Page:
Redick made many a fan in his abbreviated tenure with the team because of his verbal appreciation for the city, his tell-all podcast with The Ringer, and for being a good teammate in the locker room, with Embiid going so far as to say he wished the duo could play together for the rest of their careers.
The idea obviously wouldn’t work, as Redick is a decade older than Embiid and may call it a career before Embiid hits 30, but hey, it’s the thought that counts.
After a decent enough debut season with the New Orleans Pelicans, Redick had a pretty brutal 2020-21 season in the Big Easy lowlighted by basically career-low numbers across the board and was shipped out to the Dallas Mavericks in the hopes of adding spacing to Luka Doncic’s offensive attack.
That move, like basically everything else for Redick in 2020-21, didn’t quite work out for Philly’s former favorite sharpshooter, and now, the Brooklyn resident finds himself with the worst perception of his career and a veteran minimum contract in his future for the forthcoming season, assuming, of course, he decides to keep playing professionally.
While linking up with the Lakers is a move many have surmised is a solid spot, fans in the know, um, know that Redick is an East Coast dude who wants to remain close to his DUMBO-living family in Brooklyn. With that in mind, why not bring things back to the City of Brotherly Love, link back up with Embiid, and play 20-ish minutes a night for Doc Rivers once more.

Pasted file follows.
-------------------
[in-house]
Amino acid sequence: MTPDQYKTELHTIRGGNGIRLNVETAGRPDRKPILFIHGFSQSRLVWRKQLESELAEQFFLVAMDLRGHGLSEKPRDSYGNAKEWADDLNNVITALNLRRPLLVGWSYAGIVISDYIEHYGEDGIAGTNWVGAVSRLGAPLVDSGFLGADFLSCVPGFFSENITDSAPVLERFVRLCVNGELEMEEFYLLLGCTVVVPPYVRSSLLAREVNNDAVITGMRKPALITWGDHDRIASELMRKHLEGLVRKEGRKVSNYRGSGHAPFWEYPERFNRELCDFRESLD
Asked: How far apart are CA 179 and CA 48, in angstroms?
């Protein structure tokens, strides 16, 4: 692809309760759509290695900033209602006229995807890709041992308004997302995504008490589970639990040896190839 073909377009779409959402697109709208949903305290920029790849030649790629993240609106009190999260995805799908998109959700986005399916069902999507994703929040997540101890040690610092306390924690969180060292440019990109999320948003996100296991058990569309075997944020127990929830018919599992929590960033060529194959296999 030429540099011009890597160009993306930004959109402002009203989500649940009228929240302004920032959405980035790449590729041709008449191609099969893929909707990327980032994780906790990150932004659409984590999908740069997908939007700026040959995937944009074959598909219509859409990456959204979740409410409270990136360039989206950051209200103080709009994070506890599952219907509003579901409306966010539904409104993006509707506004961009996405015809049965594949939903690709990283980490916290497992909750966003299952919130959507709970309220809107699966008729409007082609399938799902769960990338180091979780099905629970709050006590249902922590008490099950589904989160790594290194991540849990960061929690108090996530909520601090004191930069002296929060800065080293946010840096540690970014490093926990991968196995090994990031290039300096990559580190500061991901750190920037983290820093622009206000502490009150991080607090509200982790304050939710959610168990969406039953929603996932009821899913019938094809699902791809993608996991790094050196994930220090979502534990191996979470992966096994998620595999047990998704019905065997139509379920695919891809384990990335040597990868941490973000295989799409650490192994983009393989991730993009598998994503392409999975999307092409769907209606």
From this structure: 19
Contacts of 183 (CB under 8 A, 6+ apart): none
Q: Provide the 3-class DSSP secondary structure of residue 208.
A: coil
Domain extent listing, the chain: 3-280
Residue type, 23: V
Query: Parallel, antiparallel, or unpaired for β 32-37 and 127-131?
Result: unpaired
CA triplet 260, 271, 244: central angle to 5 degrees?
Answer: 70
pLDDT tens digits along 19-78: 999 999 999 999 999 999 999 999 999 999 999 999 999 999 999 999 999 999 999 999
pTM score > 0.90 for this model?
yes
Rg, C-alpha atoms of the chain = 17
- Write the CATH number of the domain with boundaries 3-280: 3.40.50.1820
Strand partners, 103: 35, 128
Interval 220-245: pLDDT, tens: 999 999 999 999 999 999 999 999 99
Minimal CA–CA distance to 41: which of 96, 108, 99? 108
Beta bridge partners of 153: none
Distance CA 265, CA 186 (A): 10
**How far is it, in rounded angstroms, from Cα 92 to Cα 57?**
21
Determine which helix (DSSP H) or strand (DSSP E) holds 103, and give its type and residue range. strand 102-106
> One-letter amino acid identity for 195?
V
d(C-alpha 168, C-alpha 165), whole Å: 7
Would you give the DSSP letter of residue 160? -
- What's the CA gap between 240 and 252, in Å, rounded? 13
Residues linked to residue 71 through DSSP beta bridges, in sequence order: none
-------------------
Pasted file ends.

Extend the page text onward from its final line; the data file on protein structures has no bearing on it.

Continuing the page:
With Seth Curry and Furkan Korkmaz already in place, in addition to Shake Milton and his position versatility, folding Redick into the fray would give the Sixers a third 40-plus percent 3 point shooter to space the field and provide support from the wing. At 37, he likely wouldn’t require a ton of playing time a night to remain happy, assuming the team allows him to kick it over to Kensington Square for brunch from time to time, and at this point, may just be one of the few remaining East Coast free agency landing spots that’s a logical fit for his services for the forthcoming season.
I’m not saying Redick is going to be the difference between a second-round out and a trip to the Finals, even in his prime, he wasn’t that caliber of player, but in an Association where a rolled ankle could be the difference between a second and fifth playoff seed, having an additional veteran marksman at your disposal is about as good an insurance policy as you’ll find.
No matter what the Sixers decide to do with their roster moving forward, there should be a spot on the roster for Redick.
In hindsight, I don’t think J.J. Redick would have left the Philadelphia 76ers if he knew just how poorly things would turn out in New Orleans. No, I imagine he would have accepted whatever offer was on the table, or at the very least tried to negotiate up a better offer by reaching out to other East Coast camps in the hopes of making good on his word that he’d like to retire in the City of Brotherly Love. But since there’s nothing we can do about the past – if there was, Jimmy Butler would be a member of the Philadelphia 76ers right now – at least the two sides could reconvene and make right their wrong a few years later. It seems to be working out for the Boston Celtics, who are so committed to their reunion tour that they’ve floated the idea of bringing back Isaiah Thomas.